Parallel Computing Toolbox requirements, GPU usage

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Do I need more than one Matlab/Simulink license in order to run parallel simulations in several cores/GPU/computer clusters?
How is the GPU used by this toolbox? Does it always help or it depends on the kind of simulations I am running?
I usually run simulations of large and complex models and with small step sizes

Accepted Answer

Jason Ross
Jason Ross on 17 Jan 2020
I'll answer your question in a few parts.
License questions
  • In addition to other products and toolboxes, the Parallel Computing Toolbox license is all that you need to access resources local to your machine -- you can make a pool of workers that will use your machine's CPU, and you will be able to access the GPU.
  • To access compute clusters, your client host needs the Parallel Computing Toolbox. The compute cluster will need to have Parallel Server installed on it, and licensed appropriately for the number of worker processes that will run on the cluster. You can also access GPUs in the cluster if you have them. Parallel Server can be set up as its own job scheduler, or can be integrated with a number of popular job schedulers if you have an existing compute cluster.
Functionality questions
  • Parallel Computing Toolbox will give you the ability to run certain functions on the GPU. The functions that support GPU differ by toolbox, so you will need to check the toolbox documentation to see if the functions you are using can use the GPU. As an example, see this documentation page, but do also check the documentation for all of your toolboxes to see what's supported. There are also new features added with each release, so the release notes will also let you know if support is added.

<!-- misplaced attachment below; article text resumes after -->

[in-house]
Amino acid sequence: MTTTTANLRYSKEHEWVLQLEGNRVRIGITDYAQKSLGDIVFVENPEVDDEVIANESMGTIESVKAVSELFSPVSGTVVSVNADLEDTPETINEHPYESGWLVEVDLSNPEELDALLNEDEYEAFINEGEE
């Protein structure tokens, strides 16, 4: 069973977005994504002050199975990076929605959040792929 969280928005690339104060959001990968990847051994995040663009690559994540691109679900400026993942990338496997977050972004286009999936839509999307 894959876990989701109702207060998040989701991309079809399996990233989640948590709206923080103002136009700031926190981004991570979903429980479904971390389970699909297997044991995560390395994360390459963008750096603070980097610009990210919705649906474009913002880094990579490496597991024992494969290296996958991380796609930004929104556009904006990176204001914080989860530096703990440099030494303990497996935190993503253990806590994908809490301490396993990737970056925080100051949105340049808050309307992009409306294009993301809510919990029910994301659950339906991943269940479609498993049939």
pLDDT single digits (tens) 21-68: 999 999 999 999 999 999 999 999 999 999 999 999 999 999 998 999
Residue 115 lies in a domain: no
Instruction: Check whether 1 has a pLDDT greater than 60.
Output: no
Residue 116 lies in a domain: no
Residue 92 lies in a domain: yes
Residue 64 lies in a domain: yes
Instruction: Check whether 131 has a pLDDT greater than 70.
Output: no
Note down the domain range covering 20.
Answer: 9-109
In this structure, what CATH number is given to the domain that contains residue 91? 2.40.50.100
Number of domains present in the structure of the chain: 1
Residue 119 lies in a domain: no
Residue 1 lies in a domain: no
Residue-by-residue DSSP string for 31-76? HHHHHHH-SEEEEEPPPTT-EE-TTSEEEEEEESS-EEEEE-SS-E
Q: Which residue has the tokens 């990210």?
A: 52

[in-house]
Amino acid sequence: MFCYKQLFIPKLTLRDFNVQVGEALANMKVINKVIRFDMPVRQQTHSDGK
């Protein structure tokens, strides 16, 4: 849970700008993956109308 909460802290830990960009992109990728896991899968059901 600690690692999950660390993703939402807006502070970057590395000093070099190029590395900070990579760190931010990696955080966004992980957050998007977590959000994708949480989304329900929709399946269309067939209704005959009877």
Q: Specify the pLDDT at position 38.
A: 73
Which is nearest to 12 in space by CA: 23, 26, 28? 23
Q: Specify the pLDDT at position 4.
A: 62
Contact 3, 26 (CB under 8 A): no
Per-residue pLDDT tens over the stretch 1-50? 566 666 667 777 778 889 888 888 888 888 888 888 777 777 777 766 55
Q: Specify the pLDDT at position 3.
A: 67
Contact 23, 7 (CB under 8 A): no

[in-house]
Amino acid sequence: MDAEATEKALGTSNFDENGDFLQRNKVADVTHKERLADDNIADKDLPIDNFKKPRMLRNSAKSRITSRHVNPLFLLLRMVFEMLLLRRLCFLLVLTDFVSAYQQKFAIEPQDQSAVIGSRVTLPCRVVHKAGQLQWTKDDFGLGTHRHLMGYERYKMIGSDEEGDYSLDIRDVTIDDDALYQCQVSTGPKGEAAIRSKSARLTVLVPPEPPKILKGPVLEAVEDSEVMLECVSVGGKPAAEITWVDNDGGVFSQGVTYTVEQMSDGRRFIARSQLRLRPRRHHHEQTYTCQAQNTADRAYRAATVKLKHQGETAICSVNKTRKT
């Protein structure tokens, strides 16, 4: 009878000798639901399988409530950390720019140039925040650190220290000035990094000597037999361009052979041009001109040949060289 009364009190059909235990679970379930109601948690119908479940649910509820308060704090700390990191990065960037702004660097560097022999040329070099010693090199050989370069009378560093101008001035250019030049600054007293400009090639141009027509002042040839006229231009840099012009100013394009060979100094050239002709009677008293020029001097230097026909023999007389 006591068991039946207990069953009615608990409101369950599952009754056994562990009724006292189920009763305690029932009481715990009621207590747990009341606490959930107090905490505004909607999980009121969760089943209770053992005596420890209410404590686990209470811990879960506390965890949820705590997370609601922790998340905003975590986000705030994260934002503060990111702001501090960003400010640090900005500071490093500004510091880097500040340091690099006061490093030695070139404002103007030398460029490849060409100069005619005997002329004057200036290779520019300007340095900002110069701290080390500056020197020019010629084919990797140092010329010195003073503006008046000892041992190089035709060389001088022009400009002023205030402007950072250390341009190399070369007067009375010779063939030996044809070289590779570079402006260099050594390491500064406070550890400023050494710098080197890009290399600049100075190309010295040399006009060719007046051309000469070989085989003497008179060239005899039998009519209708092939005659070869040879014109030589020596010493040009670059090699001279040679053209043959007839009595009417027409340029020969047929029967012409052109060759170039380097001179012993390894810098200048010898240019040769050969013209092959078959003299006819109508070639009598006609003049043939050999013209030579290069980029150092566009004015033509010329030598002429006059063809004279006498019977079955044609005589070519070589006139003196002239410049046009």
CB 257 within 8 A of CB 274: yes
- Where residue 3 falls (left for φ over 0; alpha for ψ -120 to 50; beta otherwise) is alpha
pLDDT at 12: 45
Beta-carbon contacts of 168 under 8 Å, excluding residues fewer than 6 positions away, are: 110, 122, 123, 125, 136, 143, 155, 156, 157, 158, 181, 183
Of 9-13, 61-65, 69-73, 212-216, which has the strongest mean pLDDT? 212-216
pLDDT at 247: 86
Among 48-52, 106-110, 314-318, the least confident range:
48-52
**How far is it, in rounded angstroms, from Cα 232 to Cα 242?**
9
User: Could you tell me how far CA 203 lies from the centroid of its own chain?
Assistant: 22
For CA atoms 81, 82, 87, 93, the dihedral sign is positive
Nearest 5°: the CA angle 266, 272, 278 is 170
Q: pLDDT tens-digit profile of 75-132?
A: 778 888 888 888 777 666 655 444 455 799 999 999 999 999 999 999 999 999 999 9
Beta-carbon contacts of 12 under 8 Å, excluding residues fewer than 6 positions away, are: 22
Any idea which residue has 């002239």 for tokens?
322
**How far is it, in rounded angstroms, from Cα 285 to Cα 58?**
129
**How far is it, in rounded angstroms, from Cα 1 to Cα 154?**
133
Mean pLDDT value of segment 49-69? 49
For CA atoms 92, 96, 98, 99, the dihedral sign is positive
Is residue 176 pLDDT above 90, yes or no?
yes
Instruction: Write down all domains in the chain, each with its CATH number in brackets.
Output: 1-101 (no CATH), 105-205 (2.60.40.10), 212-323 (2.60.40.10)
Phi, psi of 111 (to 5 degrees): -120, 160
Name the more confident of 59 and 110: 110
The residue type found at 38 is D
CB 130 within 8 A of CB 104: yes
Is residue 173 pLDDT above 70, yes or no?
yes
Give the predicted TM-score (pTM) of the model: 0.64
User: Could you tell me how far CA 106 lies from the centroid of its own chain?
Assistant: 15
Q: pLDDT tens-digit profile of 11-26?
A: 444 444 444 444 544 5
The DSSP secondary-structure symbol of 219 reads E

• Support for parallelization is also dependent on the toolbox/product in question. You will need to check the documentation for the products that you use to see if it can take advantage of a parpool. For running Simulink models in parallel, there is documentation here
  1 Comment
Walter Roberson
Walter Roberson on 17 Jan 2020
The GPU does not always help. There are situations in which the GPU is slower even when it is available -- especially if the computation involves indexing arrays.
Using explicit parallell processing (parfor and related tools) does not always help. It is common when you start developing parallel code for the parallel version to be notably slower than the original. There are some kinds of problems that can use parallel processes well, but a lot of the time, vectorization and automatic internal parallel operations has more benefits than using explicitly parallel operations.

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More Answers (1)

Javier Saumell
Javier Saumell on 20 Jan 2020
Thanks for the answers, they were very helpful!

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